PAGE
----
Easily the most awkward stretch was the Movies and Miniseries categories, where I don't think anybody had really seen the nominees, and trophies were being handed out to actors we knew better from their films, like Julianne Moore and Kevin Costner. I was momentarily mortified that Benedict Cumberbatch and Idris Elba both showed up to lose the Outstanding Lead Actor trophy to Costner. Didn't anyone tell them that "Sherlock" and "Luther" were only in the mix to shore up the faltering number of domestic long form programs, and there was no way in hell an import would win anything against American-made products like "Game Change" and "Hatfields & McCoys"? This ain't the Golden Globes. Also, the shuffling of different categories around with the Creative Arts Emmys was very noticeable this year. We had the Outstanding Writing for a Variety, Music, or Comedy Special winner announced, but not the Outstanding Writing for a Variety, Music, or Comedy Series winners, which always has the bit with the long lists of writers from various late night programs. I always looked forward to their finding new ways to picture all the nominees (As chimps! As politicians!) but this year it was not to be.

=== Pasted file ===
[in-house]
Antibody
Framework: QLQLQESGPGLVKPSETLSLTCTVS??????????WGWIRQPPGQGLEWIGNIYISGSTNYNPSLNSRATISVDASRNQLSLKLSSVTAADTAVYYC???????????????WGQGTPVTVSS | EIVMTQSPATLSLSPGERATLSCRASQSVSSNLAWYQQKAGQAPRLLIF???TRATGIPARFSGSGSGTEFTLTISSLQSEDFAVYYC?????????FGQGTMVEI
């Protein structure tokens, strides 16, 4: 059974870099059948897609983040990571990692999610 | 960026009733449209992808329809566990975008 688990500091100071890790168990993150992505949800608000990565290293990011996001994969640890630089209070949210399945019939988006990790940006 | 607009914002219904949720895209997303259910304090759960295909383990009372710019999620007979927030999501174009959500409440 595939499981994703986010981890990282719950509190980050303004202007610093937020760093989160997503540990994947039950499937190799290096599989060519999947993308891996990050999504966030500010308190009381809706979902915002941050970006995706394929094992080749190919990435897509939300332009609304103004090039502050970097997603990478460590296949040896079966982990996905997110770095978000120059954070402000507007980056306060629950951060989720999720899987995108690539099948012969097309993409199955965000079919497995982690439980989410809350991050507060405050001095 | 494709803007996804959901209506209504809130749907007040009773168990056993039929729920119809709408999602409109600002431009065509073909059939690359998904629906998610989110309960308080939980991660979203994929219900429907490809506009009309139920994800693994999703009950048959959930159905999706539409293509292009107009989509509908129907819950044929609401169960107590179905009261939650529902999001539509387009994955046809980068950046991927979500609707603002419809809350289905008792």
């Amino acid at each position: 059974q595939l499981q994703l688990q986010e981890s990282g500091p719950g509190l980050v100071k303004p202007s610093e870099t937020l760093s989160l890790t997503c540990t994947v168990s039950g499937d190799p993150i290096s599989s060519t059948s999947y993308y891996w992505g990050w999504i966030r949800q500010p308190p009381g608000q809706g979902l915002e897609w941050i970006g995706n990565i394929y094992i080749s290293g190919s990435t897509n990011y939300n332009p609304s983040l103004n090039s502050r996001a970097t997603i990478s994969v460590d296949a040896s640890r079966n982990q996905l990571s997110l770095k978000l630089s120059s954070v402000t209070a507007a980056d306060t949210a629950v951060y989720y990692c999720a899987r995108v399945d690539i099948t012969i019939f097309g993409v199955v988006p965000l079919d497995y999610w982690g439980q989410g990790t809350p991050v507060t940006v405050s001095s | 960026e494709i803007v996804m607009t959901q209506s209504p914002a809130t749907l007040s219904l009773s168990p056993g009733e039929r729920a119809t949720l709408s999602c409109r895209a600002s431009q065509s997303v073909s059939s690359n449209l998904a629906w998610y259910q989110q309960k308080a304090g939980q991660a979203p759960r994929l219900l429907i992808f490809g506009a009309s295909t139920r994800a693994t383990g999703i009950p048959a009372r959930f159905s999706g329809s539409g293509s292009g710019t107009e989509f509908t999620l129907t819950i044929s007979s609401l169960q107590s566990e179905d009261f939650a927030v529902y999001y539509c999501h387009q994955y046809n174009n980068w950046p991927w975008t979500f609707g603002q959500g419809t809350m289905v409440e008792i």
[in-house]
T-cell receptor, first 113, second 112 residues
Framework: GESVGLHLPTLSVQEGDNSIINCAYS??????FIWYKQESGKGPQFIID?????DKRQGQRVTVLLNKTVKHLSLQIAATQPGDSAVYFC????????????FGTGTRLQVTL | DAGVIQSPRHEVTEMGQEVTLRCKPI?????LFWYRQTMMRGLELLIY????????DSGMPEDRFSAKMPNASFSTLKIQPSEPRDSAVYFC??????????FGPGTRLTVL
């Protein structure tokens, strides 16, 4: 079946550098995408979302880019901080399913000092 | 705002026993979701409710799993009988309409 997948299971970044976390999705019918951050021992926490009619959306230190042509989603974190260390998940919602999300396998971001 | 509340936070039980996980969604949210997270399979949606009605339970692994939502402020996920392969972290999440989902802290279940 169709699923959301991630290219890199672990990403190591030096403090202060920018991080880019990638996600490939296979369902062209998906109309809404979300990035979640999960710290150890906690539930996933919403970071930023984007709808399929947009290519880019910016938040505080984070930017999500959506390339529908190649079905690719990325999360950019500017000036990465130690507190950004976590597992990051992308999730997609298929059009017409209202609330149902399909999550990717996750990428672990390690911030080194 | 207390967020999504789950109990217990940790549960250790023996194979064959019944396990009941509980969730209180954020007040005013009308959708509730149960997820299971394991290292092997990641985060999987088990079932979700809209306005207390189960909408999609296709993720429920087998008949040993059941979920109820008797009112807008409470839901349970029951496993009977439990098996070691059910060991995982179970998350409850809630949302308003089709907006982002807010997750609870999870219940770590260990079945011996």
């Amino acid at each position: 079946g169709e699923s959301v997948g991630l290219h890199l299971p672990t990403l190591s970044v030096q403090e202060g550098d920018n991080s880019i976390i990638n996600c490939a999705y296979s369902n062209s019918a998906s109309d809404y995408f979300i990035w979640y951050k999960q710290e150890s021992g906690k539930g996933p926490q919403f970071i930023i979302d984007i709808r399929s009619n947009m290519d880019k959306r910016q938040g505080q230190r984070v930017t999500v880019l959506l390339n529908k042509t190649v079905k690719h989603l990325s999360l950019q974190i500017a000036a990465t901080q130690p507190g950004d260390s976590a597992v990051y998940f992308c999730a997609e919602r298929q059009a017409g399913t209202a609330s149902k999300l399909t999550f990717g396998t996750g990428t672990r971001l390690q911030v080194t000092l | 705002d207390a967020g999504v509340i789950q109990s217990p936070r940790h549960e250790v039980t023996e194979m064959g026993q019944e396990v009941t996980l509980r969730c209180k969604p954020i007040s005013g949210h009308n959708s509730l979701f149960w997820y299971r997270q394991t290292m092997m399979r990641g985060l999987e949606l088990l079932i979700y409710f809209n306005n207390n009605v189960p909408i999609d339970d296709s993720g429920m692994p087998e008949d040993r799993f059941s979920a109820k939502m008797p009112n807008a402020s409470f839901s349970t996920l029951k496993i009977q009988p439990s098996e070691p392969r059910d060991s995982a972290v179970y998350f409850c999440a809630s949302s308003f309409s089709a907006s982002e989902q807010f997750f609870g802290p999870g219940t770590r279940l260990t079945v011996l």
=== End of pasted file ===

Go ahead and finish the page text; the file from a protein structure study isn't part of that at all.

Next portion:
The presentation itself was fine. Kimmel was a decent host, if not particularly memorable. The opening sequence was weird, but a good kind of weird. Even though I'm not sure what bits like the Tracy Morgan fake-out were supposed to accomplish, none of the scripted sketches or comedic moments elicited any cringing. However, I wish they wouldn't front-load them in the Comedy section so much, especially as some of the categories later in the evening could have really used their energy. Also, I wish they had saved Josh Groban for the actual In Memoriam segment instead of the fake In Memoriam devoted to Kimmel. This year I think the audience was ordered not to clap until the very end, which was a good idea in theory, but the segment felt weirdly muted as a result. Still, the presenters were lively, the winners were mostly articulate, and the cameos were appropriate. The Q&A format for the writing and directing nominees worked great, and I hope they keep it the next time around.